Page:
On the podium, Cailin Marcel Manson is electric.
That’s his own word — but there are few others that would describe this conductor better. As the music swells, he might mark a significant moment with an emphatic stomp or a flick of his baton, then shift to a smooth sweeping movement as he reaches a legato section, almost painting the notes with his arms.
It’s all about energy, he says.
“If I don’t give the energy to them, there isn’t the impetus for them to give it back. And I think that in very many ways, the music has to kind of — the conductor has to be, in very many ways, sort of what a conductor means scientifically,” he says. “If the music is the electricity, the conductor has to be the conduit through which the electricity travels.”
By day, Manson is the musical director at The Putney School in Putney, Vt. But his work doesn’t stop there. Twice a week, he conducts community choral groups, making the trip to Bennington, Vt., for rehearsals of the Bennington County Choral Society and driving across state lines to conduct the Keene Chorale.
The 35-year-old Philadelphia native’s career in music began long before he started conducting in the Twin States. After graduating from Temple University with a degree in music performance, he was accepted to the Universitat Mozarteum in Salzburg, Austria, to study opera, later adding a second concentration in orchestral conducting. What followed were years of performing around the world in Europe, Asia, South America and the United States.
When he first came to New England five years ago to teach at The Putney School, he was struck by the vibrance of the local arts community, Manson says.
“Especially being a city person, when you come to a rural area, you don’t think of it being as culturally rich as this particular area is,” Manson says. “There’s a lot going on all the time, and so it’s good to be a really active part of that in whatever way I can be.”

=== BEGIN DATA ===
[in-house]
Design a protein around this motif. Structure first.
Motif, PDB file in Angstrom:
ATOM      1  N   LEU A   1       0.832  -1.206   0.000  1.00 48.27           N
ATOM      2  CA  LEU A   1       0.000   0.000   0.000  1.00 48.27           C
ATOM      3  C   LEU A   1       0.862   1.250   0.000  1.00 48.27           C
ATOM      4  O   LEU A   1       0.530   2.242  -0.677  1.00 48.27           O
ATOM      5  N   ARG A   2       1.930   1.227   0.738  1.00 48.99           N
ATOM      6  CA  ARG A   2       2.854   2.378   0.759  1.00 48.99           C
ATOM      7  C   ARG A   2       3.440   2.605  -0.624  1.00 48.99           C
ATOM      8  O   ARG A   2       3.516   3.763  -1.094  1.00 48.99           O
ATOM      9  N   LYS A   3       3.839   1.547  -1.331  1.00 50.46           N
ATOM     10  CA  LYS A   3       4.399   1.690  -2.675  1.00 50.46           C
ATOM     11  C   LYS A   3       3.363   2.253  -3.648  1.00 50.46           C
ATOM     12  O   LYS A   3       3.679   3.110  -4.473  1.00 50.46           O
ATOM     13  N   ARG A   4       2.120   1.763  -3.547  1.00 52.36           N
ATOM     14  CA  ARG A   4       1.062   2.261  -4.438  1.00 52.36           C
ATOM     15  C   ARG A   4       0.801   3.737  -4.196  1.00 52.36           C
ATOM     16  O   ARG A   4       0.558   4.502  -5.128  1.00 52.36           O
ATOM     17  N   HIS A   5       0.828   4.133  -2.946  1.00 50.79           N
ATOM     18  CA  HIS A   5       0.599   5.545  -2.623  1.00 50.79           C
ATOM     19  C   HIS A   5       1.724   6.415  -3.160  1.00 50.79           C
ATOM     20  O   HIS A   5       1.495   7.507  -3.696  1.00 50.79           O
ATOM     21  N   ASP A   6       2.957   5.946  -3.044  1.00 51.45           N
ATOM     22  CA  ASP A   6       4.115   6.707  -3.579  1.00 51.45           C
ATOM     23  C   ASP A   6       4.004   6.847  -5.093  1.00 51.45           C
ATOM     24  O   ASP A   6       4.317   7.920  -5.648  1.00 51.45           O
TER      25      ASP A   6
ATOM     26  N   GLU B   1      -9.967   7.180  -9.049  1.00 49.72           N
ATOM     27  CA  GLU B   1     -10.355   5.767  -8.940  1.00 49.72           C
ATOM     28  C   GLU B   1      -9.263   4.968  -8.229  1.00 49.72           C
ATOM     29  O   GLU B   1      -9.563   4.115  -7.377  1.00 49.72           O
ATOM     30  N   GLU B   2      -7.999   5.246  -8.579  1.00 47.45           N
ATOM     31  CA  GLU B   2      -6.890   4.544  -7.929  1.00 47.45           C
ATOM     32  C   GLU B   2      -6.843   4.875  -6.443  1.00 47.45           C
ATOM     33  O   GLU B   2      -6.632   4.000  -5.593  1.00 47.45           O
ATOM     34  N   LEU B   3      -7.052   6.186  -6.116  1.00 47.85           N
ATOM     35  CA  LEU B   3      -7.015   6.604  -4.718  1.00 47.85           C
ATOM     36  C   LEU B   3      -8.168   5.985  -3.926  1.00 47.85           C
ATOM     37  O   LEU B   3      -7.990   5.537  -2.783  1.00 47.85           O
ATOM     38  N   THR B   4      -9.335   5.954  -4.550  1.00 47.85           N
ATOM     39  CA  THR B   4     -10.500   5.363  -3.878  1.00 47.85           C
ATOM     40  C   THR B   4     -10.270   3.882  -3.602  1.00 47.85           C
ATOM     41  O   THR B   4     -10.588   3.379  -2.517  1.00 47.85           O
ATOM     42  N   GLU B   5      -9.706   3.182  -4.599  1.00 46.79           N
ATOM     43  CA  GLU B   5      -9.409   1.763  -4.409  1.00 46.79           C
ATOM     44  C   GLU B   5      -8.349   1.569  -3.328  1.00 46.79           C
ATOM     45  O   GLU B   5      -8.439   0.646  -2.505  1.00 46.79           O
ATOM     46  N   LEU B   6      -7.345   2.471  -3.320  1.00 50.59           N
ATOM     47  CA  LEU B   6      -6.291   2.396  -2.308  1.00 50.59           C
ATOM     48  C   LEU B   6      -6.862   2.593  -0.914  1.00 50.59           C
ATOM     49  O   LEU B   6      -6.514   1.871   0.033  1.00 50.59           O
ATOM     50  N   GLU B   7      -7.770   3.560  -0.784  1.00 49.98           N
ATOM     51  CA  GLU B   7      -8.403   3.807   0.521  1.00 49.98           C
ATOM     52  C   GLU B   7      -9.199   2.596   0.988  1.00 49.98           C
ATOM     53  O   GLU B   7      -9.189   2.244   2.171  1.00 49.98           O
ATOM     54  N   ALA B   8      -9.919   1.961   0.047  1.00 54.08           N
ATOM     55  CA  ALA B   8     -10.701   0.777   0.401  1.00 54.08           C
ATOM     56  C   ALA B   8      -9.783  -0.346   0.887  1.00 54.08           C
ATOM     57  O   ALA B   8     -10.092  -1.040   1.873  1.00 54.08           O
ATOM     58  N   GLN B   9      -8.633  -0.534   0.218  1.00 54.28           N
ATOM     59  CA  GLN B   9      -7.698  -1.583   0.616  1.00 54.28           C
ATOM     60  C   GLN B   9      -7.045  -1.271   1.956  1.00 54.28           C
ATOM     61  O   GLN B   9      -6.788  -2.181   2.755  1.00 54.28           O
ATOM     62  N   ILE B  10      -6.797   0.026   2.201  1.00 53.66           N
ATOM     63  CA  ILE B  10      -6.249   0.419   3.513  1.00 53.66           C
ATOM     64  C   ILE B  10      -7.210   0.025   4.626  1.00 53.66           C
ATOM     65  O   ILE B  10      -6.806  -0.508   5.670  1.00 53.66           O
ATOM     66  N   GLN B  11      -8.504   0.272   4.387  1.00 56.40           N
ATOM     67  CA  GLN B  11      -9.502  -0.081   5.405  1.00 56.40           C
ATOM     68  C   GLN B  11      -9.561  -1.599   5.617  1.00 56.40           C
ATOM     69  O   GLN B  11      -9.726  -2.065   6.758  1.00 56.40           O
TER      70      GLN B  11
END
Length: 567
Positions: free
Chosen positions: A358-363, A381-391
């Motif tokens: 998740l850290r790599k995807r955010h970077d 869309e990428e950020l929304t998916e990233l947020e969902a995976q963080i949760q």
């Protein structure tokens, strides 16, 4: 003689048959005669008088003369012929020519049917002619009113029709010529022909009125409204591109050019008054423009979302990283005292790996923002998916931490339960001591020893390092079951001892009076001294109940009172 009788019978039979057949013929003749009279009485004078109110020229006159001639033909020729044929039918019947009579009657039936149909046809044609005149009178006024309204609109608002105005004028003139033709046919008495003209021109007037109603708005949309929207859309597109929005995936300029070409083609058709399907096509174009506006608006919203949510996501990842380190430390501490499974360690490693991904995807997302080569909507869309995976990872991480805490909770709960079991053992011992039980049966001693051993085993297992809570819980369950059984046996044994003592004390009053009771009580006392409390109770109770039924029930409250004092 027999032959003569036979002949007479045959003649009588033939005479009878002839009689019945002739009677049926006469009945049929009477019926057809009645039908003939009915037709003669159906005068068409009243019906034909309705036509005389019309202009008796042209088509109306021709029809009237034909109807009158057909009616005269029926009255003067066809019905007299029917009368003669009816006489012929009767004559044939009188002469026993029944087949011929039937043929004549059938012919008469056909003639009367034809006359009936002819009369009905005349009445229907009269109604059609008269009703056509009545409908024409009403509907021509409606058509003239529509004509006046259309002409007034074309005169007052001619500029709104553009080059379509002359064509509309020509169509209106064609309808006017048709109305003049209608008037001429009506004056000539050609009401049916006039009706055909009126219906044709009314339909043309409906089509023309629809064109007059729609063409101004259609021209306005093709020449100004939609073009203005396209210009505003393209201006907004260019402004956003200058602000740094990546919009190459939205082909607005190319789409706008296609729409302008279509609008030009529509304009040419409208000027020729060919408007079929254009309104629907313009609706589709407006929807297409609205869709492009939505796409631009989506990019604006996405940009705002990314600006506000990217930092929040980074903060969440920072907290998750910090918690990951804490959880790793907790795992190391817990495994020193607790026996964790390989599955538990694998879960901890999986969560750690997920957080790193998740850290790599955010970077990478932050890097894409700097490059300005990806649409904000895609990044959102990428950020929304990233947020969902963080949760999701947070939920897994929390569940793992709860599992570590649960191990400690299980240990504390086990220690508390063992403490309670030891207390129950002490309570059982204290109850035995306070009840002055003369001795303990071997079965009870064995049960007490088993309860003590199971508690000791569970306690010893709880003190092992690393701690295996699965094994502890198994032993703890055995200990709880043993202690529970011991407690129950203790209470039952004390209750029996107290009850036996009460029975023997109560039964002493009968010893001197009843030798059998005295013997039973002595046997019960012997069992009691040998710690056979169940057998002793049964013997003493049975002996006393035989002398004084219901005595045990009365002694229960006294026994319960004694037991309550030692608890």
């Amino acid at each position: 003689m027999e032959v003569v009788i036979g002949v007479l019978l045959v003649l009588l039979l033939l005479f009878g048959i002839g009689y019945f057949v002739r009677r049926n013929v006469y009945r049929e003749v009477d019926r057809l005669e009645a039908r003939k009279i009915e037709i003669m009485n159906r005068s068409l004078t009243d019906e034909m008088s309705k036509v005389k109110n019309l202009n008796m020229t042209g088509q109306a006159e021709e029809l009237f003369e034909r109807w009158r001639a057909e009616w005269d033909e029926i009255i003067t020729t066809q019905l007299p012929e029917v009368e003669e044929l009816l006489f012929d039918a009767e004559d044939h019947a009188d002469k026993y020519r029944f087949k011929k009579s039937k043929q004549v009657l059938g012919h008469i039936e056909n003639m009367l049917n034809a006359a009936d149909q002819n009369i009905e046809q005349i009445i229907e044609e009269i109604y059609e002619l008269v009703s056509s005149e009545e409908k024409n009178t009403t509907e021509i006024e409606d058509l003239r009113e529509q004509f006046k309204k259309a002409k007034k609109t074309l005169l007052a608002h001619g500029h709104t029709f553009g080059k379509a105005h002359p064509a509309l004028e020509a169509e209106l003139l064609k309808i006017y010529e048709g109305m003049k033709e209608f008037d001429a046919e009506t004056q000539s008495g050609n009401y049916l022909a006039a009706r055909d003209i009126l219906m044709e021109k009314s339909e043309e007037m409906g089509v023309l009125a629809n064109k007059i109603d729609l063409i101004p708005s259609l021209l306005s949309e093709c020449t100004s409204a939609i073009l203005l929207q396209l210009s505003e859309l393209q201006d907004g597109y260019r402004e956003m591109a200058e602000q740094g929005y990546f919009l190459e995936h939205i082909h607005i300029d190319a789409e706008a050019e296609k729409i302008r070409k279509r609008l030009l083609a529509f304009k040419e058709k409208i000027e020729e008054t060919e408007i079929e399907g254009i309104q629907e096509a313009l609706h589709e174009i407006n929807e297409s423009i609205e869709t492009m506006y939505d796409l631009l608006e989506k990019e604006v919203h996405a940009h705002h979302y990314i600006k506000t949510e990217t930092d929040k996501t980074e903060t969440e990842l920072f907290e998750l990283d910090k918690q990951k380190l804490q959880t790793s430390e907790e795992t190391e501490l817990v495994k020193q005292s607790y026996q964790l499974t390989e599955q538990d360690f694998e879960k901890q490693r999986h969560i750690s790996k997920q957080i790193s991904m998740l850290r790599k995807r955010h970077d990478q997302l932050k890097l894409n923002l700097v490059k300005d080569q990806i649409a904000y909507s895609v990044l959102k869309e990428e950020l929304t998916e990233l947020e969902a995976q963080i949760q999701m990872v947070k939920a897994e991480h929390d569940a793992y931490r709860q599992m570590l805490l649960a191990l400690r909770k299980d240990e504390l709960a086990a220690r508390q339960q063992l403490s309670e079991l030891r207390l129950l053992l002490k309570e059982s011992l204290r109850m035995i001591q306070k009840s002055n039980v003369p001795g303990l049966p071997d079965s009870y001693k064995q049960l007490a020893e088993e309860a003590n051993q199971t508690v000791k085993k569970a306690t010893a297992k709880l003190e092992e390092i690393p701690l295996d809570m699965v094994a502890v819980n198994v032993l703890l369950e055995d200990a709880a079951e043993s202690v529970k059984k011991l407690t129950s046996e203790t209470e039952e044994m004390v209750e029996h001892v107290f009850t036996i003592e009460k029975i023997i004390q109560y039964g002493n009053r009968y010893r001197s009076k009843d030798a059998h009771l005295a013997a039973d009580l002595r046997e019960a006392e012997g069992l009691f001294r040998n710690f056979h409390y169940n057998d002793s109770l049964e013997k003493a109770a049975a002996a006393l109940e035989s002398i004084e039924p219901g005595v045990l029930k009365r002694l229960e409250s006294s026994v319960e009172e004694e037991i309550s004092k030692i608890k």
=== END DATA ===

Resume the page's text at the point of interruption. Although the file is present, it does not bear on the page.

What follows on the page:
And he certainly does stay active. Outside of his regular rehearsals with community choirs, Manson continues to perform in regional opera productions, most recently in the role of the Count in a January production of “The Marriage of Figaro” with the Panopera company in Northampton, Mass.
It would be difficult not to see a contrast between his life as a professional touring musician and as a conductor and music teacher. But Manson says working with community musicians keeps him sharp and gives him an opportunity to share his knowledge with passionate performers.
“In some ways, I find that the investment in the art is bolstered and made more powerful when you are dealing with non-auditioned community organizations. Because they — rather than being passive observers of this music — they are completely invested and more fully understand the art form,” he said. “The art becomes theirs rather than something they go to see people do.”
This season marks Manson’s 15th as a professional conductor, and to honor that milestone, he will conduct two performances of Giuseppe Verdi’s “Requiem” in Bennington, Vt., and Northfield, Mass., in May. The performances will bring together the Keene Chorale, the Bennington County Choral Society, the Putney Madrigals, the Putney Community Orchestra and even the Germantown Concert Chorus of Manson’s native Philadelphia. He founded the chorus and leads it in the Germantown Choral Festival each summer.
Despite the distance that separates the different organizations he leads, Manson says he views each of them as part of his “extended musical family.”